Torres v. People

Annotate this Case

369 P.2d 80 (1962)

Lupe TORRES, Plaintiff in Error, v. PEOPLE of the State of Colorado, Defendant in Error.

No. 19736.

Supreme Court of Colorado. In Department.

February 19, 1962.

Rehearing Denied March 12, 1962.

*81 W. C. Kettelkamp, Jr., Pueblo, for plaintiff in error.

Duke W. Dunbar, Atty. Gen., Frank E. Hickey, Deputy Atty. Gen., J. F. Brauer, Asst. Atty. Gen., for defendant in error.

HALL, Justice.

Lupe Torres and Leroy Martinez were jointly charged in a three count information with the crimes of burglary, larceny, and conspiracy to commit burglary and larceny. A jury found both defendants guilty on all counts and they were sentenced to terms in the state penitentiary.

Torres is here by writ of error seeking reversal. He makes no claim that the verdict is not supported by the evidence, but urges as grounds for reversal alleged errors in the trial of such nature as to preclude a fair trial as provided by law.

Defendant assigns error under the following designations:

1. Improper remarks by a witness.

2. Error in permitting a witness to testify about stolen TV sets in the absence of their presence in court.

3. Improper conduct of juror.

Under his first assignment, defendant claims that the trial court erred in not granting his motion for mistrial following certain remarks of the Chief of Police of Pueblo, made during his testimony as a witness for the people.

On questioning by the district attorney, the witness had testified that he knew both defendants and further stated that Martinez was commonly known as "Pineapple." Counsel for Torres objected to this embellishment of Martinez. The court instructed the jury to disregard the remark.

Defendant has cited no rule of law, and we know of none, that would allow one codefendant to obtain a new trial because of alleged prejudice to another codefendant who seeks no redress either here or in the trial court.

Under this same assignment, defendant alleges that the court again erred in not granting his motion for mistrial because of the following remark by the same witness when detailing the confession of the defendant:

"Then he said, `Then the two of us went in my car to Juarez, Old Mexico,' He said some cab driver furnished his wife to him for a fee."

This court has repeatedly held that all parts of a pre-trial confession, even if they refer to other crimes, are admissible in evidence. McRae v. People, 131 Colo. 305, 281 P.2d 153. The officer did no more than quote words that came from the lips of the defendant himself.

Under his second assignment, defendant urges that the trial court erred in permitting one Mathews, a police officer, to identify certain recovered TV sets, without introducing them in evidence, explaining their absence, or linking them with defendant. In addition to proving its case through the voluntary confession of defendant, the prosecution made out a case of circumstantial evidence. Five TV sets had been stolen and removed in a panel truck upon which glove marks were found identical with those on the safe in the burglarized premises. Two sets had been sold by Torres and Martinez to one Borzileri and a buddy, who had hidden them in the weeds out in the country. Two sets had been recovered by this witness from the weeds at a point designated by Borzileri and the witness identified two sets as those that had been recovered. This was circumstantial evidence properly admitted for the consideration of the jury. We find no merit in this assignment.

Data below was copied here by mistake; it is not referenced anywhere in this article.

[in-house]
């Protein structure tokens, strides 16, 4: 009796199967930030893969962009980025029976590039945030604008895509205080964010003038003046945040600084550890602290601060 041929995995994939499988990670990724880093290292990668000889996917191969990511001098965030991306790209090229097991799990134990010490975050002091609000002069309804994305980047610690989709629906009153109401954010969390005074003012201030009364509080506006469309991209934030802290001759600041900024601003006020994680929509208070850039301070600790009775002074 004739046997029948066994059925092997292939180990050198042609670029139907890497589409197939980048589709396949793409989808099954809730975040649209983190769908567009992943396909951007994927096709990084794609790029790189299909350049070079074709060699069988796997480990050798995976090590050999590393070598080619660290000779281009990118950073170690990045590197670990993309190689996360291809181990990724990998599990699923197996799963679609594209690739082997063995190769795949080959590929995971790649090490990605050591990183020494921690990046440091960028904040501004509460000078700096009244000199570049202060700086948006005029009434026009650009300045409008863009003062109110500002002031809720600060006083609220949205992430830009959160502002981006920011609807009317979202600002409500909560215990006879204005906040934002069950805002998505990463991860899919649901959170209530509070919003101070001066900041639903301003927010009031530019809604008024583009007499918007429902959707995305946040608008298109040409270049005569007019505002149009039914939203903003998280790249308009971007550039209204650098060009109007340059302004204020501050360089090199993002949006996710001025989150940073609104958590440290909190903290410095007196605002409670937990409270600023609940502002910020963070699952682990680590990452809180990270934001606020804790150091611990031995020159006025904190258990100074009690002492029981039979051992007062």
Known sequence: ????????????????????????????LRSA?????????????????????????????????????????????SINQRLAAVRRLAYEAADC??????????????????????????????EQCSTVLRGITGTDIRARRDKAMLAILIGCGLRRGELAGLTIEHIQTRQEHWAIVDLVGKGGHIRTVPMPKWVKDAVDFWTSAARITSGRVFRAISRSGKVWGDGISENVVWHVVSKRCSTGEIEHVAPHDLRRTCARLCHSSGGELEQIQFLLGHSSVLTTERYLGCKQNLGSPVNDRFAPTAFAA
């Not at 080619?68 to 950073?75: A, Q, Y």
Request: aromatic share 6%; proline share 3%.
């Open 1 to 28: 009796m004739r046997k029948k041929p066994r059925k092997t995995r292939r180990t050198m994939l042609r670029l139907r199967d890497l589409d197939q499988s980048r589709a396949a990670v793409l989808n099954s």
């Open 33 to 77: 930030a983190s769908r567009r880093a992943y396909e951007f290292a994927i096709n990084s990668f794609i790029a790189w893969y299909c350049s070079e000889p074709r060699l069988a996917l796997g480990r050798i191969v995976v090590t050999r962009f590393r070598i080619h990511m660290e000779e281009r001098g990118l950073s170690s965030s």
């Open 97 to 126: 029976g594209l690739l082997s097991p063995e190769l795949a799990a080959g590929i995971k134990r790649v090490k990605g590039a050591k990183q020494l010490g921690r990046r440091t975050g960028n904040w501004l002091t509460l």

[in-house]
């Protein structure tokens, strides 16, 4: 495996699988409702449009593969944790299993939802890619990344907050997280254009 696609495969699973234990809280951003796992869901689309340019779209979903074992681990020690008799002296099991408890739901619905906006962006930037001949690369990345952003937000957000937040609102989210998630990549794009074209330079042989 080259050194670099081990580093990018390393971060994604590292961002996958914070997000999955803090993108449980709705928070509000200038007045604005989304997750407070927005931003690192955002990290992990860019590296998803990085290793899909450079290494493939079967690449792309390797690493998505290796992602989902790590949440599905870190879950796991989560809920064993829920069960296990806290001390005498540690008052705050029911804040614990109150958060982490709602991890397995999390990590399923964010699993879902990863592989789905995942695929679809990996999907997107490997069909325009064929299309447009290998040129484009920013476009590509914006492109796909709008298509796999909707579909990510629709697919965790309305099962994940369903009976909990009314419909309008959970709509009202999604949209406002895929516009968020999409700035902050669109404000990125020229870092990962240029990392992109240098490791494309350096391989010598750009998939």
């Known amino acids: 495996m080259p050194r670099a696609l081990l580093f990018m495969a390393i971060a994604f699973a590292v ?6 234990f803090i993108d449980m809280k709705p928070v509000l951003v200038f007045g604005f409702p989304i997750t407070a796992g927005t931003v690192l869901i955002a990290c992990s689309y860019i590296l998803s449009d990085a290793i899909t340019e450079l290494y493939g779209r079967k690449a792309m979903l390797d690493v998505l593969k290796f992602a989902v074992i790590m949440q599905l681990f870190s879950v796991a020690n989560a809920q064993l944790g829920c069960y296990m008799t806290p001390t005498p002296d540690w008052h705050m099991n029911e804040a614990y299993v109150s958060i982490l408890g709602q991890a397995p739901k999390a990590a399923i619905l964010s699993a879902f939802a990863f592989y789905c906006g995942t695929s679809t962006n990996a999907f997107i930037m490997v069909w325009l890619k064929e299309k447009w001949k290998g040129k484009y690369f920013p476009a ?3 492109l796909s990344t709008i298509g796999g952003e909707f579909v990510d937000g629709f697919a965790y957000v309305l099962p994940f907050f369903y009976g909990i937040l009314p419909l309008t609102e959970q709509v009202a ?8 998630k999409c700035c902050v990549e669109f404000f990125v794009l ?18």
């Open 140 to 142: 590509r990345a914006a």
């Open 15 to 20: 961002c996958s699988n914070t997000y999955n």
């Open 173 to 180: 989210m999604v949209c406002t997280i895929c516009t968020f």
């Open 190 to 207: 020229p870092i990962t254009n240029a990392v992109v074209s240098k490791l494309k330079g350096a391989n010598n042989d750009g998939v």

Under his third assignment, defendant asserts that after the conclusion of defendant's case, during a recess and prior to the time the jury reached its verdict, Martinez had observed the manager of the burglarized store talking with one of the jurors. When counsel for Torres and Martinez *82 reported this to the court the juror was called into chambers and interrogated. He stated that no phase of the case had been discussed, that the manager had said to him, "Its amazing how they can do some of it," and that he replied, "Yes, it is." Nothing more had been said.

This court has held that in order to constitute grounds for setting aside a verdict because of any unauthorized or improper communication with the jury, it is incumbent upon defendant to show that he was prejudiced thereby, and that determination of whether prejudice has occurred is a matter within the sound discretion of the trial court. Moore v. People, 125 Colo. 306, 243 P.2d 425.

Here, the defendant made no showing that he was prejudiced by this occurrence.

No prejudicial error appearing, the judgment of the trial court is affirmed.

DAY, C. J., and FRANTZ, J., concur.

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